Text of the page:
You will need
- Ingredients (see recipe card)
- Tinder (for example, cotton balls and petroleum jelly)
- Kindling (for example, small sticks)
- Chopping boards
- Aluminium foil
- Access to water
Backwoods cooking is a method of cooking without the use of kitchen utensils like pots and pans. It traditionally takes place over an open fire. This meal is cooked on the embers of a fire, so you need to build the fire leaving enough time for it to die down to embers.
Before you begin
- Find an appropriate area for your fire, for example, a local campsite or outdoor space around your meeting place. You must have the landowner’s permission.
- Complete a risk assessment, and read (or reread) the 'Safe and hygienic cooking' guidance below.
- Check in advance whether anyone has allergies or dietary requirements, and make sure you have suitable ingredients or substitutes.
- If you’re planning to cook as part of a normal meeting, it may be best to let people know, so that they come ready to make a meal.
Cook sausage smash
- An adult should support young people to build and light a fire (or multiple smaller fires, one for each group). If there’s not enough time to light the fire and let it die down to embers, the person leading the activity may want to build the fire(s) before everyone else arrives.
- Split into groups of between four and six people. Each group should have an adult volunteer supporting them, and access to the 'Safe and hygienic cooking' guidance.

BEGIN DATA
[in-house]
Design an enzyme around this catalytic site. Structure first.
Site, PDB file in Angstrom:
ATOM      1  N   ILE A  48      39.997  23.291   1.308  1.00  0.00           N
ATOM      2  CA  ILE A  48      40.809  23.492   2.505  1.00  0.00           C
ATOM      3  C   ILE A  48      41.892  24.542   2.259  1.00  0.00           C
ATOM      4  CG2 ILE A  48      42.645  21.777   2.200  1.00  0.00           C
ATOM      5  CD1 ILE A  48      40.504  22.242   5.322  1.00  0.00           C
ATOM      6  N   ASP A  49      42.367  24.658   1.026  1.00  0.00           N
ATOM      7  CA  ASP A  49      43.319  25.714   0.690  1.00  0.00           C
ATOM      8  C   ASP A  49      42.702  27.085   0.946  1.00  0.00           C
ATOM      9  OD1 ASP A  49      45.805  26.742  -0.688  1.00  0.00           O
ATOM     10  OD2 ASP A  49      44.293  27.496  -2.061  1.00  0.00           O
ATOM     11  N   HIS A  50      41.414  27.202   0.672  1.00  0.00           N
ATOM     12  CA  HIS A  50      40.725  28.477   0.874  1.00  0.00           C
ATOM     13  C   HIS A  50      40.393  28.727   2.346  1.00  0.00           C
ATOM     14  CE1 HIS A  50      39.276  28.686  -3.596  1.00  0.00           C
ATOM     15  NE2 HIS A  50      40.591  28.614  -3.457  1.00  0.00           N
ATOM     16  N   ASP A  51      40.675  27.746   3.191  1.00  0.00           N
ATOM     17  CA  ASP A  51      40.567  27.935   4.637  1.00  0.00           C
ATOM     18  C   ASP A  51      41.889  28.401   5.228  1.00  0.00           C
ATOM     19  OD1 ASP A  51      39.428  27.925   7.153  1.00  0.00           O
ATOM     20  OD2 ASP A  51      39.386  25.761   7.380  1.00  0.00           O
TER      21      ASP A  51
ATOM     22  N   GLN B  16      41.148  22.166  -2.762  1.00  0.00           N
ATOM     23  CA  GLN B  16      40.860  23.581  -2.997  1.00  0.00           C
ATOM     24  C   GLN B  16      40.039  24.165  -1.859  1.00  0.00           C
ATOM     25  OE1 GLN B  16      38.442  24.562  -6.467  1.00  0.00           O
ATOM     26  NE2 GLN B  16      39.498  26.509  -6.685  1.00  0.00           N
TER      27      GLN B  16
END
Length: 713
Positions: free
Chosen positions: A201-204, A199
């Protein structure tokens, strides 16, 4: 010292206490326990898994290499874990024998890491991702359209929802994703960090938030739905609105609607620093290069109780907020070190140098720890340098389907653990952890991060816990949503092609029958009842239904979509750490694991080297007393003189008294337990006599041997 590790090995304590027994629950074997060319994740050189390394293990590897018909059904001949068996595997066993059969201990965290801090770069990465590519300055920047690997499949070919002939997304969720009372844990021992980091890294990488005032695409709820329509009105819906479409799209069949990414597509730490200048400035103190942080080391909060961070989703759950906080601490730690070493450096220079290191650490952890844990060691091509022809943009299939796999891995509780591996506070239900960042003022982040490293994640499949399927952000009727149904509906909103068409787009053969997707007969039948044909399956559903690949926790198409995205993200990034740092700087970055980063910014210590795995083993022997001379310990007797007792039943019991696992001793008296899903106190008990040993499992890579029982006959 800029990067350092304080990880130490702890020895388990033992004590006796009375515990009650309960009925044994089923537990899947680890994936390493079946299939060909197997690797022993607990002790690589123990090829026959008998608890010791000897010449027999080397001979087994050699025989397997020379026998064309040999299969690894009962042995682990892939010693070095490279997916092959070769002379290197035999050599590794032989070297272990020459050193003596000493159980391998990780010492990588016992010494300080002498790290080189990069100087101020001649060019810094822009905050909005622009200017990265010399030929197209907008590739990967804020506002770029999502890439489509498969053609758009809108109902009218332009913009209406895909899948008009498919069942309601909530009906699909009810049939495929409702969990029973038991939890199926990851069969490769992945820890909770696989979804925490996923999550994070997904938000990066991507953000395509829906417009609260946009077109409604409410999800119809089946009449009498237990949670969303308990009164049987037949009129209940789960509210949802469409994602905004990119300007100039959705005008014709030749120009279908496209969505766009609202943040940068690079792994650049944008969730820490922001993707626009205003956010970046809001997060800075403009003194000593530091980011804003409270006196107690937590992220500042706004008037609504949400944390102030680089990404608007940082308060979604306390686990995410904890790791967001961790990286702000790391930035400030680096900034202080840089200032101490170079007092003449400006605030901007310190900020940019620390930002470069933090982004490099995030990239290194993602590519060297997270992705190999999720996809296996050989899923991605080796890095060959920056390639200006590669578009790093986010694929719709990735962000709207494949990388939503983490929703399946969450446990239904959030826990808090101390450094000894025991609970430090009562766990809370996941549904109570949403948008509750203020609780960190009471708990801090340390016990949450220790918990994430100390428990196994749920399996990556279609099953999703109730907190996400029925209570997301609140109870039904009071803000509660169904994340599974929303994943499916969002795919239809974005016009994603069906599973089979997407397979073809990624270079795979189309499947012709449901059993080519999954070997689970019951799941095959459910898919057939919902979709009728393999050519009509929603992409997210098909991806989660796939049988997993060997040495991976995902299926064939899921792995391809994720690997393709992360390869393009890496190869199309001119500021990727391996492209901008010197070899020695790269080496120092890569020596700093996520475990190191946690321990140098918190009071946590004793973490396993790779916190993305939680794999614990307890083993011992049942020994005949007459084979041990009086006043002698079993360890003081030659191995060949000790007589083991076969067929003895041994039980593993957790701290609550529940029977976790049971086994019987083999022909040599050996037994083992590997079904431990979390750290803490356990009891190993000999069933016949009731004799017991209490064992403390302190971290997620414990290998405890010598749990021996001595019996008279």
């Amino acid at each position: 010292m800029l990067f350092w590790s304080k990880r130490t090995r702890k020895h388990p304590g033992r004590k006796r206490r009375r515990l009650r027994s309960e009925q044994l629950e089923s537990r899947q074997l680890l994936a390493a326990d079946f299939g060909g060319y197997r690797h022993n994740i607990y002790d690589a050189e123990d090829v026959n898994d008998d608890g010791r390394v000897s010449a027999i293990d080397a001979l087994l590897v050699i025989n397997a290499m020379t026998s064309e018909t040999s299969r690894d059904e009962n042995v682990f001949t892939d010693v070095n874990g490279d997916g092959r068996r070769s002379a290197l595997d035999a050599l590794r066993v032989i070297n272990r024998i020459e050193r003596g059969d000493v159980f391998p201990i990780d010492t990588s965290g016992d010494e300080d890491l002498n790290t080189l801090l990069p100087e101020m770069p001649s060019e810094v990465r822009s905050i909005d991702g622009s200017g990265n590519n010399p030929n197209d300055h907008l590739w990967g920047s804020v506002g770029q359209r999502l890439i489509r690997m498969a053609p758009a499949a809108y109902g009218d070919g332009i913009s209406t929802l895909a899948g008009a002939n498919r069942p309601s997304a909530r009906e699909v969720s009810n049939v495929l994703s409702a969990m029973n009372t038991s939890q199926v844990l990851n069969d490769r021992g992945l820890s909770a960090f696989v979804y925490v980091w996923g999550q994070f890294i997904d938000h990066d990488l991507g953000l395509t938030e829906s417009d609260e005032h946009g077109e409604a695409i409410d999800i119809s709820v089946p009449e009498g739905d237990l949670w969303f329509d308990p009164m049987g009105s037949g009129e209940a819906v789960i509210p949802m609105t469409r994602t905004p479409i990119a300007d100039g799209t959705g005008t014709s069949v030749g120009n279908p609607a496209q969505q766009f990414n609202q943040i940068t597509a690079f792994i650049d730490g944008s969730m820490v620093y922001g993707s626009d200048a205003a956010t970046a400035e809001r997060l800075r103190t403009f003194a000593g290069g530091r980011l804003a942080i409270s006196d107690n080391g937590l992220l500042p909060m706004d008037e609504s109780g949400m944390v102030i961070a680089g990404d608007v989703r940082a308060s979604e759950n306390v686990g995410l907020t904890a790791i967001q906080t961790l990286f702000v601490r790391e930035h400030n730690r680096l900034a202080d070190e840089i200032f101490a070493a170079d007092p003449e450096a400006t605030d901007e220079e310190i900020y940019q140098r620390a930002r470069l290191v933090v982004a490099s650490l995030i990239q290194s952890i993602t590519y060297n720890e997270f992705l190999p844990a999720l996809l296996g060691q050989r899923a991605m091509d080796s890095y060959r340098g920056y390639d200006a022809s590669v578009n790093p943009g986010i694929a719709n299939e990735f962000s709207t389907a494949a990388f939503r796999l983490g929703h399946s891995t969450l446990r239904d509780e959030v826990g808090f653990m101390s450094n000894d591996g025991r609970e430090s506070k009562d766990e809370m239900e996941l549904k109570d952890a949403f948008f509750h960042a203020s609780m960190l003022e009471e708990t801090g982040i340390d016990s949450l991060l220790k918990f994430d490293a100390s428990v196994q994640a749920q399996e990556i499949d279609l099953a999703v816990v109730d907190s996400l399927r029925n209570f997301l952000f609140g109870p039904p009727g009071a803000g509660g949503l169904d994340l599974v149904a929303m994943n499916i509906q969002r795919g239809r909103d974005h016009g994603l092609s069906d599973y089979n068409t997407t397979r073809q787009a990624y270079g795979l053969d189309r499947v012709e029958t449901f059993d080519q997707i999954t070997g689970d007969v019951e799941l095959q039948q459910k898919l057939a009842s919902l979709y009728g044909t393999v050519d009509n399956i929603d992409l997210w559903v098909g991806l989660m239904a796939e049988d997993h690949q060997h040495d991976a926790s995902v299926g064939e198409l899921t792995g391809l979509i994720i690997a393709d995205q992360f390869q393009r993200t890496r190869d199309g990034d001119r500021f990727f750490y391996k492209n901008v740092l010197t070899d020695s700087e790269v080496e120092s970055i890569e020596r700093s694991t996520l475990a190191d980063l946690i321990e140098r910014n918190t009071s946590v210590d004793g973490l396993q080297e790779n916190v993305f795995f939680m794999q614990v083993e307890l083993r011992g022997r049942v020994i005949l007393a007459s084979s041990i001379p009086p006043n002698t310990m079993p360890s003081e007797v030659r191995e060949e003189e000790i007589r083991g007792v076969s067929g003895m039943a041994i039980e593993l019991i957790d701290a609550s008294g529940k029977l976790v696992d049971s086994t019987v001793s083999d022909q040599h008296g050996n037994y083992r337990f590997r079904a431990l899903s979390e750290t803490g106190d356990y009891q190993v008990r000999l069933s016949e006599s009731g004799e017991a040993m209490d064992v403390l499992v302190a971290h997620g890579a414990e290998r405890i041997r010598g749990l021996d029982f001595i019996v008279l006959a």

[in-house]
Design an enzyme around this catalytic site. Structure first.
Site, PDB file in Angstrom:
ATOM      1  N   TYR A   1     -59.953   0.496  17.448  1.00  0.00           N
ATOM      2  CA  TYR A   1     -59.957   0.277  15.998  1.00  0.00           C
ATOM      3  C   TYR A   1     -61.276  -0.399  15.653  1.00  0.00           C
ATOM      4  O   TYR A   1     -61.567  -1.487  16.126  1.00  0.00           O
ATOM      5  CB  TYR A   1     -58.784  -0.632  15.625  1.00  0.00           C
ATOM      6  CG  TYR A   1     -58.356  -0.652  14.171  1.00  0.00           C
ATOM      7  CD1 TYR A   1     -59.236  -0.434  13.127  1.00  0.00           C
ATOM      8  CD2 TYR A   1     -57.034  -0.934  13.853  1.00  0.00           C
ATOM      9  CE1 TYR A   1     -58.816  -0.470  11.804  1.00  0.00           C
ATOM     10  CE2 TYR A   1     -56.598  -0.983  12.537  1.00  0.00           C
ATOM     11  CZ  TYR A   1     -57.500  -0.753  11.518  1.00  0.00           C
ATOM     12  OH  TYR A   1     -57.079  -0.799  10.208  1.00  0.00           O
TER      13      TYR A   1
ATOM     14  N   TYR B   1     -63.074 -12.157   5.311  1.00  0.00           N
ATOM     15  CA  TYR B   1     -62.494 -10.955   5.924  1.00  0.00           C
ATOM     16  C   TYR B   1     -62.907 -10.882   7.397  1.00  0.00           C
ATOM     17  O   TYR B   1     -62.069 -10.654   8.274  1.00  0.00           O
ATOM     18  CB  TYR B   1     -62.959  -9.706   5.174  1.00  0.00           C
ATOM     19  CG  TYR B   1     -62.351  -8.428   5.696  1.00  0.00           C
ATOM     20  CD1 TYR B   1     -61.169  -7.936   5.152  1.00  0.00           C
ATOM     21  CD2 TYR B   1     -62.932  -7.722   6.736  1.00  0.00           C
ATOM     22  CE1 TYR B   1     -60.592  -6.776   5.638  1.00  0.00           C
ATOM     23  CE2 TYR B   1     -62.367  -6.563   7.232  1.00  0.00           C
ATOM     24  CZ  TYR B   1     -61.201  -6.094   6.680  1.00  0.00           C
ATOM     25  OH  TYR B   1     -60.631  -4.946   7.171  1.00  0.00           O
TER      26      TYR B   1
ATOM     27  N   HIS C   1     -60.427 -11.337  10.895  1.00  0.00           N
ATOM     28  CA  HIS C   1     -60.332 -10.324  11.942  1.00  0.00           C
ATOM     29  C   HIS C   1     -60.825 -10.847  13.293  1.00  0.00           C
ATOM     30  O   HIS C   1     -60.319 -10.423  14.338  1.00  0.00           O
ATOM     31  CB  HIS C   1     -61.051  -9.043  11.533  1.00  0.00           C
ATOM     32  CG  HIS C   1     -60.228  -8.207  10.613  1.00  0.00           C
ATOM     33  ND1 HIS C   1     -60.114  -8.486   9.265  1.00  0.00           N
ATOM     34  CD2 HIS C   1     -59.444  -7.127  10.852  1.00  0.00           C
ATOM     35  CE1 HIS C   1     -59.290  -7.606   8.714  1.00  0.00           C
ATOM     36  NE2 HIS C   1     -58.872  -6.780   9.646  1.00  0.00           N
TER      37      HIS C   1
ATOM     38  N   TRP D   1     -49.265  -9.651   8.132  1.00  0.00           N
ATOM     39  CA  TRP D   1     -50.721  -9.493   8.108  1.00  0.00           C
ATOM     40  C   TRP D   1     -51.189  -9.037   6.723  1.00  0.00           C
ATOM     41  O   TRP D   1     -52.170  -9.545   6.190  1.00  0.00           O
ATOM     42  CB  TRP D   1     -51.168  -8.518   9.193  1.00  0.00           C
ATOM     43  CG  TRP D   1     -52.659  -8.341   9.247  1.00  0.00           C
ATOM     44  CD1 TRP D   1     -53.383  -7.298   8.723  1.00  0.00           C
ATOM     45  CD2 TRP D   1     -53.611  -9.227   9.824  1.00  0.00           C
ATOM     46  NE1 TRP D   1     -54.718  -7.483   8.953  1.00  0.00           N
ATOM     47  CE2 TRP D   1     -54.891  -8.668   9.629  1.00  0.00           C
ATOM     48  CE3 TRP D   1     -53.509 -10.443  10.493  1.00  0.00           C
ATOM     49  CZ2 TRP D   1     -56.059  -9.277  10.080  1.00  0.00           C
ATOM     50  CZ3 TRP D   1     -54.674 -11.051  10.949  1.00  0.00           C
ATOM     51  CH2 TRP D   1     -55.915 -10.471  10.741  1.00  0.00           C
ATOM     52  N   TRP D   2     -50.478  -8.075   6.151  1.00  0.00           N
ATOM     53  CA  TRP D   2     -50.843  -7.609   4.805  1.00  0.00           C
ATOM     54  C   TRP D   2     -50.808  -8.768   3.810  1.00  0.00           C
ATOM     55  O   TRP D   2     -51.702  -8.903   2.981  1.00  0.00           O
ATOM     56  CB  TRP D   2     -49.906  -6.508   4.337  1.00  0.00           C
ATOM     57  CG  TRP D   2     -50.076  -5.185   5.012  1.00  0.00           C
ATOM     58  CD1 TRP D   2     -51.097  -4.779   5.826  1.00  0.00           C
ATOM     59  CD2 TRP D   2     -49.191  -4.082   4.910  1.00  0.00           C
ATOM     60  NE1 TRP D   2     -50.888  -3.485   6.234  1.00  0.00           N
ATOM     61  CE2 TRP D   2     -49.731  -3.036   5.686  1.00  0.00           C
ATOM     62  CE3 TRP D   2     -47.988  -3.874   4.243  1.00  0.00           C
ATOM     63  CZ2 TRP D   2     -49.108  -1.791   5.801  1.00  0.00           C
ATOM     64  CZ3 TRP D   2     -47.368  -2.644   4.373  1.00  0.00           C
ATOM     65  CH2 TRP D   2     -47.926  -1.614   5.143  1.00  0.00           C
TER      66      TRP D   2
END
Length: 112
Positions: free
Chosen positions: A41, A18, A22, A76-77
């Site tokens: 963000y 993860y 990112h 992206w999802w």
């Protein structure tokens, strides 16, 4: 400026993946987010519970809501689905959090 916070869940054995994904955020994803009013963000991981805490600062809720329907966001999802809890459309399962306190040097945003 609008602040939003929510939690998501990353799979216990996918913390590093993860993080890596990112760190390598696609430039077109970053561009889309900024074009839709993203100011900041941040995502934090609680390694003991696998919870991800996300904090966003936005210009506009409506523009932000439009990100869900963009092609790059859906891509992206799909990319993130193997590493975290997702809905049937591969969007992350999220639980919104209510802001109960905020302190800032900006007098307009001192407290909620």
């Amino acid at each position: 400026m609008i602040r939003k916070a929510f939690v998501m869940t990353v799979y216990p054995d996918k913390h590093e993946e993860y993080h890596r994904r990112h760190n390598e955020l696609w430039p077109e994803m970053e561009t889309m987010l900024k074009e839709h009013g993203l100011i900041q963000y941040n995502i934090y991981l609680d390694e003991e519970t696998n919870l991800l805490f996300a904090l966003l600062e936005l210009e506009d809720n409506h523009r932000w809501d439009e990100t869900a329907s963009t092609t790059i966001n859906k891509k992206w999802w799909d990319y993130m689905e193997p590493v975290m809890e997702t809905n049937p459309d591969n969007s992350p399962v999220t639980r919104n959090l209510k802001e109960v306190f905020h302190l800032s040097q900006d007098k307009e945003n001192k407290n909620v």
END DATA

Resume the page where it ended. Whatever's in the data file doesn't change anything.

- Groups should remember the safety and hygiene tips. They should get ready to cook by making sure their area, their equipment, and their team members are clean and ready to go.
- Give each group a copy of the sausage smash tasks, and their ingredients.
- Groups should follow their recipe card to prepare, backwoods cook, and enjoy their sausage smash.
- Once they’ve finished eating, groups should clean, wash up, and put away.
- The person leading the activity should make sure the fire is safely extinguished. Everyone should make sure they leave no trace in the outdoor area.
This activity helped you to value the outdoors. Did you enjoy cooking outside? How was it different to cooking inside? Did cooking outside bring any extra challenges? Did you enjoy eating outside? When else have you eaten meals outside? Would you like to spend more time doing things (such as eating meals) outdoors?
This activity also helped you to be a team player. How did your team work together to make the sausage smash? Did you all do every task, or did you split them up? How did you make sure everyone got involved? Did you have one leader, or did everyone help lead? Was it easy to work with others? How did you talk to each other in your team? Did you achieve your goal of making a tasty dinner?
Teach young people how to use cooking equipment safely. Supervise them appropriately throughout. Make sure it’s safe to use and follow manufacturers’ guidelines for use.
- Fires and stoves
Make sure anyone using fires and stoves is doing so safely. Check that the equipment and area are suitable and have plenty of ventilation. Follow the gas safety guidance. Have a safe way to extinguish the fire in an emergency.
Check for allergies before you begin. Make sure you have suitable areas for storing and preparing food and avoid cross contamination of different foods.